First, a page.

An Indian Christian was forced to reconvert to Hinduism as extremists continue systematically to target Christians and other religious minorities.
"Neeraj" – whose name is protected for security reasons – has spoken about months of beatings, harassment, arrest and torture after he converted from his native Hinduism to Christianity. He was forced to deny his newfound faith as part of a national crackdown on Christians in India.
Rajeshwar Singh is one of the leaders of Rashtriya Swayamsevak Sangh (RSS), a militant Hindu nationalist group, whose political wing, Bharatiya Janata Party (BJP) is in government. He has promised to make India free of Christians and Muslims by 31 December 2021 through forced conversions and a state-wide assault on religious freedoms.
The Indian government is proposing a national anti-conversion law, which is already in place in five of India's states, according to the anti-persecution charity Open Doors. The British-based charity said the laws are used disproportionately against minorities.
Governing Hindu nationalists see Hinduism as the true religion of India, so when an Indian person converts or returns to Hinduism, it is not seen as a conversion but a 'ghar wapsi' or 'homecoming'. As a result they are exempt from the anti-conversion laws.
After Neeraj became a Christian, he was consistently beaten by religious leaders in his village and even his own father hit him with a brick. But the violence escalated further in December 2015 while preparing for Christmas.
He was ambushed by Hindu radicals and was beaten for four hours along with two friends, according to Open Doors. They locked the three Christians up and brandished knives, saying: "If you deny your faith in Jesus, you can go home." Neeraj refused and said, "No, He is my Lord. I will never leave Him."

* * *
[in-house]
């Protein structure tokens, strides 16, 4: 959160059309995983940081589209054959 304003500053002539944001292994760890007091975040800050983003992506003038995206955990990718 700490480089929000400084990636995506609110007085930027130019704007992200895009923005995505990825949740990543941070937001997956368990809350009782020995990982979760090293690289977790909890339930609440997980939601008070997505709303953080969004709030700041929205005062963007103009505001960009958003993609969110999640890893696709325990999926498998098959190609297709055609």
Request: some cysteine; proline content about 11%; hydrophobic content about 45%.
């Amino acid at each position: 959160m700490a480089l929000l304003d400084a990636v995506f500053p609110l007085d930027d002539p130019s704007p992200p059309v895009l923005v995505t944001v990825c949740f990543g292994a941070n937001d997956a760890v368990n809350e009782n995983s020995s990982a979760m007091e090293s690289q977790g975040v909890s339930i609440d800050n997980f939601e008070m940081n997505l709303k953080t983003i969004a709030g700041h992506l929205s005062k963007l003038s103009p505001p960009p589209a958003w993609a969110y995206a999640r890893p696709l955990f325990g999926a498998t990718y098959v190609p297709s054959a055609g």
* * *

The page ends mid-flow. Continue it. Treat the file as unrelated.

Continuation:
But the next day they were taken to the local police station and accused of trying to convert local Hindus – an act which contravenes the state's anti-conversion laws.
A mob gathered outside and demanded their death as police began to threaten them: "We will strip you naked and treat you with electroshocks."
After an entire night of beatings and threats, the Christians agreed to give up their faith in Christ – first one of Neeraj's friends, then the other, and finally, Neeraj. "I was so afraid that I decided to obey them," said Neeraj.
After his forced reconversion Neeraj was allowed to return to his wife Ritu. But he said he "wept bitterly" at being made to change religion and has since fled, despite death threats, to live with his Christian uncle in another town. "I asked him if we could stay because I did not want to betray Jesus again and I cannot go back to my village," he said.
Open Doors, which ranks India as the 17th worst country to be a Christian, has supported Neeraj and Ritu with supplies and legal assistance. You can find out more here.